Packers Replay: Playing catch where legends did

Posted at 11:59 PM, Dec 02, 2015
and last updated 2015-12-03 00:59:58-05
If you take a 30-minute walk west from the current home of the Lions, Ford Field, you might stumble upon a humble baseball field on the corner of Michigan and Trumbull with an open gate, a few benches and a field with a huge American flag flying above it.
It's now called Ernie Harwell Park, after the legendary baseball announcer. You can play catch there, with a ball and glove, or you can toss a football around.
38 times over 49 NFL seasons, the Green Bay Packers and Detroit Lions did exactly that, in what eventually was called Tiger Stadium - a ballpark where fans in the upper deck sat so close to the action, they could hear the coaches yelling, or the crack of the pads on impact.
The first time the Packers played there in 1926, the stadium wasn't called Tiger Stadium. It was Navin Field, and the opponent wasn't the Lions, but the Detroit Panthers.
Three days after Thanksgiving, about 1,000 fans saw Rex Enright score the game's only touchdown in a 7-0 Packers triumph. The first Packers game in Detroit was the last game for the Panthers franchise. They then folded.
In 1930, the Packers started their series with the team that would become the Lions, the Portsmouth Spartans, but it wasn't until 1938 when the Lions moved to the renamed Briggs Stadium. 
That year, the Packers produced their first win over the Lions in Detroit, with the running of Hall of Famer Clarke Hinkle contributing two touchdowns in a 28-7 triumph.
In fact, Green Bay won every game there through their 1944 NFL Championship season.
In 1951, the Lions put the Packers in a permanent place in their Thanksgiving Day game rotation. For 13 years, the Packers played a road game on Turkey Day, including a 1962 game in the renamed Tiger Stadium where the Packers were undefeated going in...but 26-14 losers going out.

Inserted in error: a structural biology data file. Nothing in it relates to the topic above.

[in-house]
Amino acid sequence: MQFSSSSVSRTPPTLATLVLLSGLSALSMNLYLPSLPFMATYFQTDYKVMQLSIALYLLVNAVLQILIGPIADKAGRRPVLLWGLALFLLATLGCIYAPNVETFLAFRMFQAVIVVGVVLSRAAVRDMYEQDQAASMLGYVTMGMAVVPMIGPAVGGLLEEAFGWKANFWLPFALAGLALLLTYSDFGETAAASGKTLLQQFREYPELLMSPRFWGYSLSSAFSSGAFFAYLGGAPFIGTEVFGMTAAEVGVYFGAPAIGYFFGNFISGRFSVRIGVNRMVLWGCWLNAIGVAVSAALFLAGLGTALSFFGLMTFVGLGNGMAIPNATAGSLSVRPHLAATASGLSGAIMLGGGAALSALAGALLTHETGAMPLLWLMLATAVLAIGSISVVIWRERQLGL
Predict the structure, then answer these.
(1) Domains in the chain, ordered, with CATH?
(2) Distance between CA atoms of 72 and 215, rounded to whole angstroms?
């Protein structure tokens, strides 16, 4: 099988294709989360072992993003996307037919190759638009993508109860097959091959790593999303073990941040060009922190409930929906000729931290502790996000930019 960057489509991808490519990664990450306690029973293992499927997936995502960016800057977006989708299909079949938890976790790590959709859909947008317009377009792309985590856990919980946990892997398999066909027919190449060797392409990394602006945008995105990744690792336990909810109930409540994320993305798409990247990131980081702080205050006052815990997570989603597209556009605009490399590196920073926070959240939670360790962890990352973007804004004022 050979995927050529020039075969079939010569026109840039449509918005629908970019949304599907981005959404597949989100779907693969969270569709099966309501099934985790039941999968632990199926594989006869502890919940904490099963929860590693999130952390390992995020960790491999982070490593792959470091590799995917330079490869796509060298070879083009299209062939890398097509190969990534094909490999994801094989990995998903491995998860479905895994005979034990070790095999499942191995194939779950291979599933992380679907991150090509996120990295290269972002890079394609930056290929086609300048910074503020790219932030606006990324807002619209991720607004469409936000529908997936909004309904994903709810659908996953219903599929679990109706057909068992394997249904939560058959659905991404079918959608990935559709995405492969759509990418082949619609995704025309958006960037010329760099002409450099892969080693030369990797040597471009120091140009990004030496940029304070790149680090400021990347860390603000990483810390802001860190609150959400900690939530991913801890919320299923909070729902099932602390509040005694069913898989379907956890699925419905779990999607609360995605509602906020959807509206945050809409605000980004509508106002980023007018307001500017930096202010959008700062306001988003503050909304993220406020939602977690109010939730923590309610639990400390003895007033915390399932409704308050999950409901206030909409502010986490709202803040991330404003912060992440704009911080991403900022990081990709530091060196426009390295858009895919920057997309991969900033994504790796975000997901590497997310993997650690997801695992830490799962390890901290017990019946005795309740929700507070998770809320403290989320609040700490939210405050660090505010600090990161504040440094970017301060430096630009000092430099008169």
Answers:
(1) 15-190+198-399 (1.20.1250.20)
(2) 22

Bart Starr was sacked 11 times and Detroit's defense lived in Green Bay's backfield, taking a 26-0 lead before a pair of oh-by-the-way scores late in the game.
Three years later came perhaps the Packers' greatest day in Detroit, though it didn't seem like it at halftime that October 17th, 1965. They trailed 21-3 going into the locker room, before Starr had the quarter of a lifetime - three explosive touchdown passes.
The first: A 62-yard catch and carry by wide receiver Bob Long where Carroll Dale provided a perfect downfield block.
The second: A 32-yard slant pattern-to-the-end zone by running back Tom Moore.
The third: A 3rd-and-1 play-action pass where Starr found Dale on a post pattern. He never stopped running until 77 yards later, when the Packers took a 24-21 lead.
Starr added a bootleg touchdown run in the 4th quarter, and the Packers won 31-21 in the first of an unmatched three straight championship seasons.
In 1972, the Packers needed another big comeback, trailing 17-0 before heroics by kick returner Ken Ellis and a touchdown pass from Scott Hunter to Leland Glass led to a 24-23 win that powered the Packers to a division title. Two years later, the Packers played their last game at Tiger Stadium before the Lions moved to the Silverdome.
Green Bay went 19-17-2 in their 38 games there.
Decades later, the seats were torn down. The field remains, though the City of Detroit will be voting on whether to replace that original grass field with turf. 
For now, you and anyone can play the same place where Arnie Herber, Don Hutson, Bart Starr and Carroll Dale did.